Pre-conference Workshop (Thursday 23 June, 10:00am to 12Noon)

Sitting: does it belong to Utopia?
Galen Cranz
& Chelsea Rushton

Bodies are designed for movement; the best posture is the next posture. How, then, can we cope with a contemporary sedentary culture whose architecture (the classroom, the library, the conference hall, the office, the restaurant, the sanctuary, the car) requires us to sit in positions that do not support our bodies' individual alignments?

This workshop, informed by the Alexander Technique and traditions of classical and hatha yoga, offered techniques to activate and mobilize the spine when we must be seated, to remediate ill effects of sedentary behaviour on the body, and to find practical and sustainable alternatives to chair sitting.

Participants completed the workshop better able to find alert rest positions that offer both stability and ease in their own bodies. We thus expanedd a utopian social practice of sitting together beyond sitting, toward the vision of harmonious relationship between body, community, and culture.***

*** Francis Cape's We Sit Together: Utopian Benches from the Shakers to the Separatists of Zoar (Princeton Architectural Press, 2013) notes the importance of sitting communally for the intentional, "utopian" communities established during the early settlement of America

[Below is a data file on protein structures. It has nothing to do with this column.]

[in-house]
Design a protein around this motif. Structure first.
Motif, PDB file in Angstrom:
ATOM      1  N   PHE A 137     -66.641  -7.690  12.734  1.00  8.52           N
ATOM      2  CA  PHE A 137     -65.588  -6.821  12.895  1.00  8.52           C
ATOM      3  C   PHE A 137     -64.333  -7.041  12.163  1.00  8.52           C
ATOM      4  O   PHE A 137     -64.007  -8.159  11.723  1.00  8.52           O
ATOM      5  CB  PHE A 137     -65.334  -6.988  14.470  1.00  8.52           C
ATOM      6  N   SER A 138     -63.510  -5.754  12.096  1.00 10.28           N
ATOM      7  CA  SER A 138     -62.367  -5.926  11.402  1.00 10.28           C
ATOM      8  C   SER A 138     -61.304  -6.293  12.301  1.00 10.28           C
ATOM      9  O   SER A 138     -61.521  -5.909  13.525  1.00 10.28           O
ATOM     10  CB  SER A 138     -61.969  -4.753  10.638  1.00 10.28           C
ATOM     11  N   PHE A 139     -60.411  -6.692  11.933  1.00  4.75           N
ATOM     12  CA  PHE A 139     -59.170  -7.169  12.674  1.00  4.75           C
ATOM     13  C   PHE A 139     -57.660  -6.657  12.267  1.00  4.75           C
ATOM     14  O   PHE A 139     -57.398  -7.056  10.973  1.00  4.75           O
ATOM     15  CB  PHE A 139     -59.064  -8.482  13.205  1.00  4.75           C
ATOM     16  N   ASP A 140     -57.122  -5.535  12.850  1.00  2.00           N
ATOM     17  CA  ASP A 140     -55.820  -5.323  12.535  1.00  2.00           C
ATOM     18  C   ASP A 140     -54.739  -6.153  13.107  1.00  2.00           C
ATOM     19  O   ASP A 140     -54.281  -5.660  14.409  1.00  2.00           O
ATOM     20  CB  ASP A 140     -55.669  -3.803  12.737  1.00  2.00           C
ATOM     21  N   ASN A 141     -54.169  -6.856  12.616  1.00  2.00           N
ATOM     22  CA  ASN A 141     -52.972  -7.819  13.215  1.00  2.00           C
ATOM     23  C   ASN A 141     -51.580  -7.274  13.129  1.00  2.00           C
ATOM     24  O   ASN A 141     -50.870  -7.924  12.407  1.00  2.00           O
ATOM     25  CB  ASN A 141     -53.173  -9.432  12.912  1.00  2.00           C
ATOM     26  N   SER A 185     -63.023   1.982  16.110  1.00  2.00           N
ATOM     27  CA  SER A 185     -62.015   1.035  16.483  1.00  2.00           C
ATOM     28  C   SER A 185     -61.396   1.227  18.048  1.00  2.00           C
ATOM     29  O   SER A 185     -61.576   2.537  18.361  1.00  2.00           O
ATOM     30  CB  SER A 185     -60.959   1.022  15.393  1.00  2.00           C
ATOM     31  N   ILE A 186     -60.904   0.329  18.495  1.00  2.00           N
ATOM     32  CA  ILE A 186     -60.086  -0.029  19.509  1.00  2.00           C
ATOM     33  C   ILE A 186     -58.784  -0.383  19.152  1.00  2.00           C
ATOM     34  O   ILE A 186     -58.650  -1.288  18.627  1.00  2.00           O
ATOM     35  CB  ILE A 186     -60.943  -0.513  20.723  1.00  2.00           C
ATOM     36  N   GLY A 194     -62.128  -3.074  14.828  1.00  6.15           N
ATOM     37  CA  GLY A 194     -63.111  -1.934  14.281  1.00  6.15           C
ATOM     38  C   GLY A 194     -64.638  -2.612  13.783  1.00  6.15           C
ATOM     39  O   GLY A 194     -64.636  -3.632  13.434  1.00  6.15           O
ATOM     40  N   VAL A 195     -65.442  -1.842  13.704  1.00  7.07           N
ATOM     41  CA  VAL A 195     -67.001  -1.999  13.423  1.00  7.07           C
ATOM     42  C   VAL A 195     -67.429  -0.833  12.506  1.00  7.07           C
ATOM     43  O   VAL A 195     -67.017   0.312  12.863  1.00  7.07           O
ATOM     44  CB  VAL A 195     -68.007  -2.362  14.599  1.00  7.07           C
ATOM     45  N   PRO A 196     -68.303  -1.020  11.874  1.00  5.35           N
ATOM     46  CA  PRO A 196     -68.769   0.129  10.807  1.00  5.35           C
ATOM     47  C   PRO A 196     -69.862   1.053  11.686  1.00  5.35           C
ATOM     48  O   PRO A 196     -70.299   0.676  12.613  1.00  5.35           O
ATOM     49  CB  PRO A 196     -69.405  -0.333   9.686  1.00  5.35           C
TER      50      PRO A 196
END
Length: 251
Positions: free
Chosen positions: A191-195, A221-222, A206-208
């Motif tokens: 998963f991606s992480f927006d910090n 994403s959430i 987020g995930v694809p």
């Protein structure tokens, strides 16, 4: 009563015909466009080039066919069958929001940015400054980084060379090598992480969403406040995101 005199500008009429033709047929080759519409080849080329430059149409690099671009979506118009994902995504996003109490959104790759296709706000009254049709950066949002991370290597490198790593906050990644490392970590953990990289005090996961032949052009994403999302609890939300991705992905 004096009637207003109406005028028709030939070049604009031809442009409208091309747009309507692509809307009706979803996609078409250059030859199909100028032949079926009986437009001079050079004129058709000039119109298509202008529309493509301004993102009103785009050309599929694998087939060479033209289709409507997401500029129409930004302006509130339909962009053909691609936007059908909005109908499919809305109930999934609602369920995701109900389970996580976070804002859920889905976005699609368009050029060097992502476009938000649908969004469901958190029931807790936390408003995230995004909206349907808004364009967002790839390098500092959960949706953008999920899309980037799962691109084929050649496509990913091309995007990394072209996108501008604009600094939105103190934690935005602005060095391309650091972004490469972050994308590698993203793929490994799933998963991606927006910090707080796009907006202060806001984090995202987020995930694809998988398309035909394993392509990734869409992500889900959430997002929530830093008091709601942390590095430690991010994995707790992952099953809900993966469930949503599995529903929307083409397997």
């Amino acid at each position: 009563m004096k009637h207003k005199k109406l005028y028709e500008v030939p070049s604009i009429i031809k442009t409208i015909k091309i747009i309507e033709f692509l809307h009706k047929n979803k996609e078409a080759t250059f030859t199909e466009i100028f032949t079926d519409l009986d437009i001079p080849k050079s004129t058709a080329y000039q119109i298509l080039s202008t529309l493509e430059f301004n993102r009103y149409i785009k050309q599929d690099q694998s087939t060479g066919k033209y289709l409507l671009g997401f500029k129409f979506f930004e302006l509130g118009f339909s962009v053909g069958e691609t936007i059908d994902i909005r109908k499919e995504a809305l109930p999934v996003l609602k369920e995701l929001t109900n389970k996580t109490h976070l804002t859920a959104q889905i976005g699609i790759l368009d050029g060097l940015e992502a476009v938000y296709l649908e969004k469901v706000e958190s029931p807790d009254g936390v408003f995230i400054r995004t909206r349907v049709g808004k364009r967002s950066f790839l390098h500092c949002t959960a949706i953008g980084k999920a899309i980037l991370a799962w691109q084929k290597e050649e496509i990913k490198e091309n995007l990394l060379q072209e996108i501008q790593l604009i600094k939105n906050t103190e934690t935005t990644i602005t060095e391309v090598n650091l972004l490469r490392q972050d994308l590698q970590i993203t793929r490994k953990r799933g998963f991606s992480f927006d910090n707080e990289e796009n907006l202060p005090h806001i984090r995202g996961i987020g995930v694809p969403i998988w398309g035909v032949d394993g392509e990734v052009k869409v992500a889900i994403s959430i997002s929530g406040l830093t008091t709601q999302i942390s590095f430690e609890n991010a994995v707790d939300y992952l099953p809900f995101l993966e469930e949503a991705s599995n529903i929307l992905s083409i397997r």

Galen Cranz is Professor of Architecture at the University of California at Berkeley, a Ph.D. sociologist from the University of Chicago, and a certified teacher of the Alexander Technique. She is author of The Politics of Park Design: A History of Urban Parks in America (MIT 1982), and The Chair: Rethinking Culture, Body and Design (W.W. Norton 1998), which received EDRA’s 2004 Achievement Award. In 2011 she also received the EDRA Career Award. Galen has taught “body conscious design” since 1989. She currently studies vision (EyeBody) with Peter Grunwald of New Zealand, and Body-Mind Centering with Bonnie Bainbridge Cohen in California. She swims and practices tai chi daily.

Chelsea Rushton, MFA, IRYT-500, is a visual artist whose creative research focuses on the intersections of art, ritual, and spirituality, and the ways in which art practice can document and facilitate personal and collective growth and evolution. She is the designer and instructor of Art of the Soul: Creative Process as Spiritual Practice, a combined lecture and seminar course offered at the University of Calgary. Chelsea began teaching yoga in 2010. Her practice holds as a primary goal the experience and alignment of the physical and energetic aspects of the self. Her teaching interests include the philosophy of yoga, yoga nidra, spinal health, and meeting pain from a yogic perspective.

NOTE: There was no charge for the workshop (as it was included in the symposium fee), but participants were asked to pre-register.